Mountyborough, Old Penrice Castle

Has been described as a Certain Timber Castle (Ringwork)

There are earthwork remains

NameMountyborough, Old Penrice Castle
Alternative NamesMounty Bank; Mounty Brough
Historic CountryGlamorgan
Modern AuthoritySwansea
1974 AuthorityWest Glamorgan
CommunityPenrice

The Penrice Castle Ring is an embanked oval enclosure, c.40m by 28m, close to the westen end of the village green inn Penrice. The defining ditch remains only to the west but elsewhere its line may be perpetuated by hedgelines. It is thought to be the castle founded by Henry de Beaumont in 1099, the predecessor to Penrice Castle (Nprn94534). Wooden stakes were found in, or under the bank in around 1927. (Coflein)

An early castle ringwork situated beside the parish church of Penrice. It was replaced as the caput of the knight's fee of Penrice in the 13th century by the stone built Penrice Castle (PRN 170w). The site of the new castle was chosen for its impressive natural defences, 850m to the south-west. (Glamorgan-Gwent Archaeological Trust HER)

The ringwork at Penrice is the third largest on Gower, after North Hill Tor and Norton, and the most massively constructed; a correlation has been noted between large size and early foundation. Penrice is one of the twelve 'ancient knights' fees' held by military service before 1135, which are listed in a charter of 1306 (RCAHMW 1991, 29-30, 113-115; Draisey 2002, 19; Nicholl 1936,168-169). The ringwork appears to have had a relatively short life, as it is thought to have been abandoned during the twelfth century, when they moved to the site of the larger stone-built castle to the northeast. (Glamorgan-Gwent Archaeological Trust Historic Landscape Characterisation)

This site is a scheduled monument protected by law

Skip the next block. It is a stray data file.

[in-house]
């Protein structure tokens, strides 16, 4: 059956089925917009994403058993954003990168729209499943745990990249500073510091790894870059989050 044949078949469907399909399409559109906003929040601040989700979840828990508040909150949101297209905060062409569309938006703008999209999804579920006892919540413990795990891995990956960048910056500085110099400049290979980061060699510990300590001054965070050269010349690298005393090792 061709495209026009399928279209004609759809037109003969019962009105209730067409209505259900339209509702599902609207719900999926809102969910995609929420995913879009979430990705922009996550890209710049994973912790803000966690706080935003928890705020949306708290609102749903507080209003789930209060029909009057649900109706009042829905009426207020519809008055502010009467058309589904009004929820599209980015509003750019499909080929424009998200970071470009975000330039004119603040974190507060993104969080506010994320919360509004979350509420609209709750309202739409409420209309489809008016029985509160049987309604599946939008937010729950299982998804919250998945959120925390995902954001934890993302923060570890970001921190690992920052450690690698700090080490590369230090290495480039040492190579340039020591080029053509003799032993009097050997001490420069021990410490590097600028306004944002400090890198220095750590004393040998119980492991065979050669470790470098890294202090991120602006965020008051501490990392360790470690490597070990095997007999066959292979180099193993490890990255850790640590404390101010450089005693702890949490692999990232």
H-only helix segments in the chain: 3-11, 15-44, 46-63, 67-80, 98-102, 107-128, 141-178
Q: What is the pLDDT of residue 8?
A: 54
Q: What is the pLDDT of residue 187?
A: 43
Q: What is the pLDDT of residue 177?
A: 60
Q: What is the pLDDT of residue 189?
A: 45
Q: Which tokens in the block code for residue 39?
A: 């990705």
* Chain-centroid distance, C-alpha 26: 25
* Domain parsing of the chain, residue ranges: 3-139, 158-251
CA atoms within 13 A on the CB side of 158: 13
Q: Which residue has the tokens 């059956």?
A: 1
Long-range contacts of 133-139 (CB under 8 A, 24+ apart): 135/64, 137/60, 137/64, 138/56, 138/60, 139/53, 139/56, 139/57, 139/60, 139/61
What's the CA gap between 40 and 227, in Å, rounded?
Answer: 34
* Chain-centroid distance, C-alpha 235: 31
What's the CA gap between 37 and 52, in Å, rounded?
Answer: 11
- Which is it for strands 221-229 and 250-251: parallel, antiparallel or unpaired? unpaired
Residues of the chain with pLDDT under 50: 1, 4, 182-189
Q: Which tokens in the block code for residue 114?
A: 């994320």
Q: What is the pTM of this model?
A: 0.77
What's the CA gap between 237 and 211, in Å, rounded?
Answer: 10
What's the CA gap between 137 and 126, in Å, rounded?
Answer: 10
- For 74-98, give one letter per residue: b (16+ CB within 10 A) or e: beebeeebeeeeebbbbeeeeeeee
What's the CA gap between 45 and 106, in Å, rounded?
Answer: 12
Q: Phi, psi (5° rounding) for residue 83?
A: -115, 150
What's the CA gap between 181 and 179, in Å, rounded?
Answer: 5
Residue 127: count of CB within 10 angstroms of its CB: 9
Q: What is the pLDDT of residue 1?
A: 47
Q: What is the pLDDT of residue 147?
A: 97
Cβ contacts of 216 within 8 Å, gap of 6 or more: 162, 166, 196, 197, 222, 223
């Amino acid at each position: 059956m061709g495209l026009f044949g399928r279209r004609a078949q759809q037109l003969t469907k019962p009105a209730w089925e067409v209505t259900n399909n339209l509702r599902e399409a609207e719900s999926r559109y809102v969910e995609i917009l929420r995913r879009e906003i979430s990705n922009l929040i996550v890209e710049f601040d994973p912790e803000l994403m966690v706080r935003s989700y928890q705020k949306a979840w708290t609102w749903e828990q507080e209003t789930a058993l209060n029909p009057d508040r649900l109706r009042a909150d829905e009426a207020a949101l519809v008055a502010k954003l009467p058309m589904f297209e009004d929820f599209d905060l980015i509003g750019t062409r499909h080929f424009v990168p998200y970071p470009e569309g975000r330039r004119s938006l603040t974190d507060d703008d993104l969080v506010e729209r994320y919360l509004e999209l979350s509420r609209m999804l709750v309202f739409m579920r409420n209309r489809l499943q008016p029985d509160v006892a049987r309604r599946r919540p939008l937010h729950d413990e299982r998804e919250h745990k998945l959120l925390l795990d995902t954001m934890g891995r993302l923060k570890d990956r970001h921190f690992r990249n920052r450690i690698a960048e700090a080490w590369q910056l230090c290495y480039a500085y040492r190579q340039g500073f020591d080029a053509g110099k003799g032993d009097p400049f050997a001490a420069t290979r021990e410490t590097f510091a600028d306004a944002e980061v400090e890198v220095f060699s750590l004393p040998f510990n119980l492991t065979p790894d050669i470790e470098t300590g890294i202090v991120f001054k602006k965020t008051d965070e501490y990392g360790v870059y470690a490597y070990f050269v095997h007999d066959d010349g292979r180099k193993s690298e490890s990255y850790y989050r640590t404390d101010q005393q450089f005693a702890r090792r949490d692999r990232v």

Not Listed

The National Monument Record (Coflein) number(s)
County Historic Environment Record
OS Map Grid ReferenceSS492878
Latitude51.5693092346191
Longitude-4.17701005935669
Eastings249220
Northings187850
HyperLink HyperLink HyperLink
Copyright Dave Barlow of Abaroths World All Rights Reserved
Copyright Dave Barlow of Abaroths World All Rights Reserved

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Books

  • Morgan, Gerald, 2008, Castles in Wales: A Handbook (Talybont: Y Lolfa Cyf.) p. 240 (listed)
  • Draisey, Derek, 2002, A History of Gower
  • < >RCAHMW, 1991, An Inventory of the Ancient Monuments in Glamorgan Vol. 3 Part 1a: The Early Castles (London: HMSO) < > CR14 p. 113-5
  • Salter, Mike, 1991, The Castles of Gwent, Glamorgan and Gower (Malvern) p. 69
  • King, D.J.C., 1983, Castellarium Anglicanum (London: Kraus) Vol. 1 p. 168
  • Fry, P.S., 1980, Castles of the British Isles (David and Charles) p. 373
  • Renn, D.F., 1973 (2 edn.), Norman Castles of Britain (London: John Baker) p. 275-6
  • Hague, D.B., 1971, in Pugh, T.B. (ed), Glamorgan County History Vol. 3 The Middle Ages (Cardiff) p. 444
  • Grenfell, Harold E. and Morris, Bernard, 1970 (Revised 1985) The Castles of Gower (Merthyr Tydfil) p. 2, 9
  • Nicholl, Lewis D., 1936, The Normans in Glamorgan, Gower and Kidweli

Journals

  • King, D.J.C. and Alcock, L., 1969, 'Ringworks in England and Wales' Ch√Ęteau Gaillard Vol. 3 p. 90-127
  • Talbot, E.J., 1966, Appendix II in Alcock, L., 'Castle Tower, Penmaen: a Norman ringwork in Glamorgan' Antiquarian Journal Vol. 46.2 p. 207
  • Hogg, A.H.A. and King, D.J.C., 1963, 'Early castles in Wales and the Marches: a preliminary list' Archaeologia Cambrensis Vol. 112 p. 77-124
  • King, D.J.C. and Perks, J.C., 1961, 'Penrice Castle, Gower' Archaeologia Cambrensis Vol. 110 p. 71, 80
  • Renn, D.F., 1959, 'Mottes: a classification' Antiquity Vol. 33 p. 106-12
  • Clark, G.T., 1880, The Builder Vol. 38 p. 249, 252